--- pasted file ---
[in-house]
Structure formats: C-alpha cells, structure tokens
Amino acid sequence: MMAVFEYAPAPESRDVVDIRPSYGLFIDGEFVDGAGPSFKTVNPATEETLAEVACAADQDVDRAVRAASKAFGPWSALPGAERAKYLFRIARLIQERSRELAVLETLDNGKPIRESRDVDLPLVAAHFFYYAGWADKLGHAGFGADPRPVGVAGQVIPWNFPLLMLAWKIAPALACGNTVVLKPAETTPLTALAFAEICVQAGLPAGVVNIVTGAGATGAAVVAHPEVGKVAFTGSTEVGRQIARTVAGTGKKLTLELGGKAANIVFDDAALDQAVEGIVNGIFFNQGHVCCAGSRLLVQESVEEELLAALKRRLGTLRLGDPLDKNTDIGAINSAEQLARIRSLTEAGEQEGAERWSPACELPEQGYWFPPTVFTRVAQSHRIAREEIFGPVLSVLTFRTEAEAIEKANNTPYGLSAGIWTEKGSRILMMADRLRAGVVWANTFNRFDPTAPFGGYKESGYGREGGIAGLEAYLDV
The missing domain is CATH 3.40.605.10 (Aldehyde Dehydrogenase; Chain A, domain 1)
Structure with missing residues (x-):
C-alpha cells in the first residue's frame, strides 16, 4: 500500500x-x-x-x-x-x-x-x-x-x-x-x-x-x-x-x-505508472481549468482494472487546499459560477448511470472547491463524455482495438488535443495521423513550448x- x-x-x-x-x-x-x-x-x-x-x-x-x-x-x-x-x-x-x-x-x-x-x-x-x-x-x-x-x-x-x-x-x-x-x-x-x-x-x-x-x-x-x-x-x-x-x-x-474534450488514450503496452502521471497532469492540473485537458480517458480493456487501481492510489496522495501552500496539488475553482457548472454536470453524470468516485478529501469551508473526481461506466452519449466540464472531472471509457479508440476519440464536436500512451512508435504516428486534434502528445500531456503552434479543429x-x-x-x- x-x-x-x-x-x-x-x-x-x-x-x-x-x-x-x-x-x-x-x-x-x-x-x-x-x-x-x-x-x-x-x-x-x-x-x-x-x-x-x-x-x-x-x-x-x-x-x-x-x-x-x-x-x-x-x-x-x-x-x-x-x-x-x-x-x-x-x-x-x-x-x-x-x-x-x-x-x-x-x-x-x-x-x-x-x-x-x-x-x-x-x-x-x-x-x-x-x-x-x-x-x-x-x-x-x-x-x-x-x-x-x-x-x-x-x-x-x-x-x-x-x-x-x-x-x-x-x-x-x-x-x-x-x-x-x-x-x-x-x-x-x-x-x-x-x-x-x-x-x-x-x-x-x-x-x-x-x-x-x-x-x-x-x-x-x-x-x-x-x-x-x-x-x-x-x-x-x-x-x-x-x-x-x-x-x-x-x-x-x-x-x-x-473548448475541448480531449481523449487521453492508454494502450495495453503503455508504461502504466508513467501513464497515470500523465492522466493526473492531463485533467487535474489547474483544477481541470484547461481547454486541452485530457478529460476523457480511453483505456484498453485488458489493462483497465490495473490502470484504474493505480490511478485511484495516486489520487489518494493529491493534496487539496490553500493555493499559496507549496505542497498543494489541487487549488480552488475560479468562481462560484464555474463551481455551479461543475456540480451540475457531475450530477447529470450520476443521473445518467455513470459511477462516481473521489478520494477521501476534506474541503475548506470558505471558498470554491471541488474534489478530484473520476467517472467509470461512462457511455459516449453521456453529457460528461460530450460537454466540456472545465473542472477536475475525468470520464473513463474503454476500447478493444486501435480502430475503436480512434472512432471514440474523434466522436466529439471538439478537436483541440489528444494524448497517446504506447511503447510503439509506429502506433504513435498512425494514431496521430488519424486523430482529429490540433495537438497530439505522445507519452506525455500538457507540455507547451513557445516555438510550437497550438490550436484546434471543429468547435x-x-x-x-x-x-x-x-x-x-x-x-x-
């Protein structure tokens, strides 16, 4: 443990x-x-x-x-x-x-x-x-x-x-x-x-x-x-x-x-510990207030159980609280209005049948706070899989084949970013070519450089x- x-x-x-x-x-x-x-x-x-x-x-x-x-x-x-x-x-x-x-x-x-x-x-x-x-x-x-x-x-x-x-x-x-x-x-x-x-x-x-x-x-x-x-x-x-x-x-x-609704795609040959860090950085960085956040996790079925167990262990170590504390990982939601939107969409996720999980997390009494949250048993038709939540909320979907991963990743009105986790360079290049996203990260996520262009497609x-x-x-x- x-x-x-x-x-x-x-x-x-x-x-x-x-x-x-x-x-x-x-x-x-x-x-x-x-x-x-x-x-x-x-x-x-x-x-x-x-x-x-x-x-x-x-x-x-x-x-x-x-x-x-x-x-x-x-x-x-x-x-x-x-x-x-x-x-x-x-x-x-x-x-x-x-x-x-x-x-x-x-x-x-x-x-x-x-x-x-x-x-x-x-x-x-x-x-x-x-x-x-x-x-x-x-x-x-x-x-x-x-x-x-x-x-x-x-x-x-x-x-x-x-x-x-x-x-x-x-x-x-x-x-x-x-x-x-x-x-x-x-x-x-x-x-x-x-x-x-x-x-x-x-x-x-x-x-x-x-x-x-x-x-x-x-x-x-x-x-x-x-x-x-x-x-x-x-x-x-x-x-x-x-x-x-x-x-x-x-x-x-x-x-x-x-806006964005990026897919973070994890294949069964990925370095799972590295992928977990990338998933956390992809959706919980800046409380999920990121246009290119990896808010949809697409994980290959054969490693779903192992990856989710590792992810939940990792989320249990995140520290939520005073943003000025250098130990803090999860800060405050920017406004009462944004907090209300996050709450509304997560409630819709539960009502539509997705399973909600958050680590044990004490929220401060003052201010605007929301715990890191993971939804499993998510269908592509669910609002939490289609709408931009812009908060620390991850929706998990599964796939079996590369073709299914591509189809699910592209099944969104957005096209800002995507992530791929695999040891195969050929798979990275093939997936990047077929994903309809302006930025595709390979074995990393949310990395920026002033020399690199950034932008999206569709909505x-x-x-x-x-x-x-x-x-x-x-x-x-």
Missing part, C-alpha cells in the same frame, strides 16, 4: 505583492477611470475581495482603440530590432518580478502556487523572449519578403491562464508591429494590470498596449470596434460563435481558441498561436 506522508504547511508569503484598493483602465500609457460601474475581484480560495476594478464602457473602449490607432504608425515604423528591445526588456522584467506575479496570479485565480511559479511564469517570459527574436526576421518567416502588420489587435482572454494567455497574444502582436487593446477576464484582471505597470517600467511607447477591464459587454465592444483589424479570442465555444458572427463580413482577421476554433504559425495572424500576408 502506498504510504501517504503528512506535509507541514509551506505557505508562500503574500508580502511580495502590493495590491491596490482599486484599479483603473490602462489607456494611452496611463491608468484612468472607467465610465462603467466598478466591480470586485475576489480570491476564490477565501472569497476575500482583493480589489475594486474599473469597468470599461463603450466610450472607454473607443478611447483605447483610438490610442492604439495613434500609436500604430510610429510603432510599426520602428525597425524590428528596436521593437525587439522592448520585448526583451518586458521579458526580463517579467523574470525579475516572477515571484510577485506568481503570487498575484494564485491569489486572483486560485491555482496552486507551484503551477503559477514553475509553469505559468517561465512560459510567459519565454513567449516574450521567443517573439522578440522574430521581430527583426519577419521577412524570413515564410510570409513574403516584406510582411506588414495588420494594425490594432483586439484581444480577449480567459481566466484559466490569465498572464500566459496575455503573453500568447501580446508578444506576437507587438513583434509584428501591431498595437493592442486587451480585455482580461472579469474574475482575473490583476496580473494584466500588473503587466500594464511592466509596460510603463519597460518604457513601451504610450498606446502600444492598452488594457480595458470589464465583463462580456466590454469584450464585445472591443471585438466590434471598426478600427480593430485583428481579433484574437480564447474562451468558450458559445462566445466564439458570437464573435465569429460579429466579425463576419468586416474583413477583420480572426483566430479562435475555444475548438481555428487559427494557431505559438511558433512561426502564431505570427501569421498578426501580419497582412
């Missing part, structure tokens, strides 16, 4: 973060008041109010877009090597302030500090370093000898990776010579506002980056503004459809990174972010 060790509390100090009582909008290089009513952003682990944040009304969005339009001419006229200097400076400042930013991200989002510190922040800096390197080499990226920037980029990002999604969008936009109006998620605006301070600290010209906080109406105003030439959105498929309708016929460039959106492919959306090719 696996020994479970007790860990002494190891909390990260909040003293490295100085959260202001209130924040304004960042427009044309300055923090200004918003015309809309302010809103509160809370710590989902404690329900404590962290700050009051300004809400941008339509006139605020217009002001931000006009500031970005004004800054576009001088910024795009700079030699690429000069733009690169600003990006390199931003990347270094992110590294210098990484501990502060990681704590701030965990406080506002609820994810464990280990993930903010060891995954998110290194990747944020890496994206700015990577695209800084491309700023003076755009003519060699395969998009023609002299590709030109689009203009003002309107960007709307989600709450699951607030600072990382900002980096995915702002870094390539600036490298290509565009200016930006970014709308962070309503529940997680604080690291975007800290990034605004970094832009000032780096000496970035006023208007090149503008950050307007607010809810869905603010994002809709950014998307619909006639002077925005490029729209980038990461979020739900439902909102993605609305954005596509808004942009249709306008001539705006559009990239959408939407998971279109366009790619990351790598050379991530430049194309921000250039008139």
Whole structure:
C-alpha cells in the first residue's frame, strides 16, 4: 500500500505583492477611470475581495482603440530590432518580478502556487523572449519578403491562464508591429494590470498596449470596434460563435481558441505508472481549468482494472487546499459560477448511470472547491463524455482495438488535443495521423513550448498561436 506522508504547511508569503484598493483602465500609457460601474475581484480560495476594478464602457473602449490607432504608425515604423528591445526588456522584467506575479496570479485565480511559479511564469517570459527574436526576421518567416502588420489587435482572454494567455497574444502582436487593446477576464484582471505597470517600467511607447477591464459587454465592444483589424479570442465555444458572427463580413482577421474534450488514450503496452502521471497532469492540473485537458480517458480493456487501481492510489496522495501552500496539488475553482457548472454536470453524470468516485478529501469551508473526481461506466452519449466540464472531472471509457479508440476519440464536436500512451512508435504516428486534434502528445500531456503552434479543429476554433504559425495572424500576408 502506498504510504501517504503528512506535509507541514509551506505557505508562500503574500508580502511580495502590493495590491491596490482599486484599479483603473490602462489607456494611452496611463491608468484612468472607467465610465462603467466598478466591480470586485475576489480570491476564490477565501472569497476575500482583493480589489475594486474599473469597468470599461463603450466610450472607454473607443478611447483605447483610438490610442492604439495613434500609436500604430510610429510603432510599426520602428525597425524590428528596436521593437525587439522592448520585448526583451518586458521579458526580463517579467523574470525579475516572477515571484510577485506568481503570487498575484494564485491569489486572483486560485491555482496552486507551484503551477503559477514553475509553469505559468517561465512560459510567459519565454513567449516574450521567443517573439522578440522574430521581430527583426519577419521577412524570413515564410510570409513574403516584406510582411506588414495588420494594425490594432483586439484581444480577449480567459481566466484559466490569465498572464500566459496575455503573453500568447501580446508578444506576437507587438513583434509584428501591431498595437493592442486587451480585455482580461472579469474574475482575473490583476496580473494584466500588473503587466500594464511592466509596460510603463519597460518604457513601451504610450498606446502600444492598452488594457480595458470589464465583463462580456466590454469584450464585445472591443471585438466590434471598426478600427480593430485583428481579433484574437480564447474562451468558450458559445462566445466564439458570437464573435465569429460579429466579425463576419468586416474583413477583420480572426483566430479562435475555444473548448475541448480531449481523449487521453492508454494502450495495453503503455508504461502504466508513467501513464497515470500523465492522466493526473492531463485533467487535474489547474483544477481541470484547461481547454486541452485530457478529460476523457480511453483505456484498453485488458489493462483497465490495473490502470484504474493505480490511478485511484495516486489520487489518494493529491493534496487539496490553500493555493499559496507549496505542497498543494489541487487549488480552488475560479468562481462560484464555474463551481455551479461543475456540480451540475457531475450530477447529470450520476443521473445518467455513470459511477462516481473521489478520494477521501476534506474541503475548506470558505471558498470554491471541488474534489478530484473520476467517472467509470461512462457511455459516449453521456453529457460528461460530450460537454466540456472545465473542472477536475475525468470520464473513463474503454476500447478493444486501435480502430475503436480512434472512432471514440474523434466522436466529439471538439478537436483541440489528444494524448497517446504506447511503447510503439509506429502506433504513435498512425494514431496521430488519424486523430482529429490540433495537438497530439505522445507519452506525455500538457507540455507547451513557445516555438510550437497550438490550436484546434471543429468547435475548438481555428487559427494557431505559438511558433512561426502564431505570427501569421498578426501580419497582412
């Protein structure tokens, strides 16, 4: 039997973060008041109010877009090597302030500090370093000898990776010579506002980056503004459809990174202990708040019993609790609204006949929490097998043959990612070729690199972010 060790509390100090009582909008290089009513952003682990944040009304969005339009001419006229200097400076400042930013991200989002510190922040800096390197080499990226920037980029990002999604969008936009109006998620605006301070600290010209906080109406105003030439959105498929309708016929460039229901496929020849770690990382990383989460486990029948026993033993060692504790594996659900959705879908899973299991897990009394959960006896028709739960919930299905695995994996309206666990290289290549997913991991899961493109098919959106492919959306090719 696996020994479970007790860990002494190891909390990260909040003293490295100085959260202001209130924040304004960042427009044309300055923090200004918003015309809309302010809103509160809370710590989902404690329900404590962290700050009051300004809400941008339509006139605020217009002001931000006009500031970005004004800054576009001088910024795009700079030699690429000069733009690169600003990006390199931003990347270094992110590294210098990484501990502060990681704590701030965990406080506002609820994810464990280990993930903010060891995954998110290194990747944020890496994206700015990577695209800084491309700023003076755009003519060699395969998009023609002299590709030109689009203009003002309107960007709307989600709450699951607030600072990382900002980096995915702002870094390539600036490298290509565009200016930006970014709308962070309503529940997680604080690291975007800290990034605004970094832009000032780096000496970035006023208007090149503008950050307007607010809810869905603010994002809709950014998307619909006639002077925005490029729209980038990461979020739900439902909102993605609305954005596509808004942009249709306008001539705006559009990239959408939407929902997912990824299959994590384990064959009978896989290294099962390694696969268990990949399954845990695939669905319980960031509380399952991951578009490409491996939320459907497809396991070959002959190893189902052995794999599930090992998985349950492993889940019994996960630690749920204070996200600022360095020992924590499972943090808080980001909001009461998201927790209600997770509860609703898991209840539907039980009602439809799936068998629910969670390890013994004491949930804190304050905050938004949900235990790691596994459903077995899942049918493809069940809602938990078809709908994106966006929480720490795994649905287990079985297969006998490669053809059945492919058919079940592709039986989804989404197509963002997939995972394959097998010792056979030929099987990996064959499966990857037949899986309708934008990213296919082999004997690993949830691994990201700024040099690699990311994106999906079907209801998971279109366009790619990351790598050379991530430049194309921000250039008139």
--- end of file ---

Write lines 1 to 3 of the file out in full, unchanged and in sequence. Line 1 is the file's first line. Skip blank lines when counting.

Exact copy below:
[in-house]
Structure formats: C-alpha cells, structure tokens
Amino acid sequence: MMAVFEYAPAPESRDVVDIRPSYGLFIDGEFVDGAGPSFKTVNPATEETLAEVACAADQDVDRAVRAASKAFGPWSALPGAERAKYLFRIARLIQERSRELAVLETLDNGKPIRESRDVDLPLVAAHFFYYAGWADKLGHAGFGADPRPVGVAGQVIPWNFPLLMLAWKIAPALACGNTVVLKPAETTPLTALAFAEICVQAGLPAGVVNIVTGAGATGAAVVAHPEVGKVAFTGSTEVGRQIARTVAGTGKKLTLELGGKAANIVFDDAALDQAVEGIVNGIFFNQGHVCCAGSRLLVQESVEEELLAALKRRLGTLRLGDPLDKNTDIGAINSAEQLARIRSLTEAGEQEGAERWSPACELPEQGYWFPPTVFTRVAQSHRIAREEIFGPVLSVLTFRTEAEAIEKANNTPYGLSAGIWTEKGSRILMMADRLRAGVVWANTFNRFDPTAPFGGYKESGYGREGGIAGLEAYLDV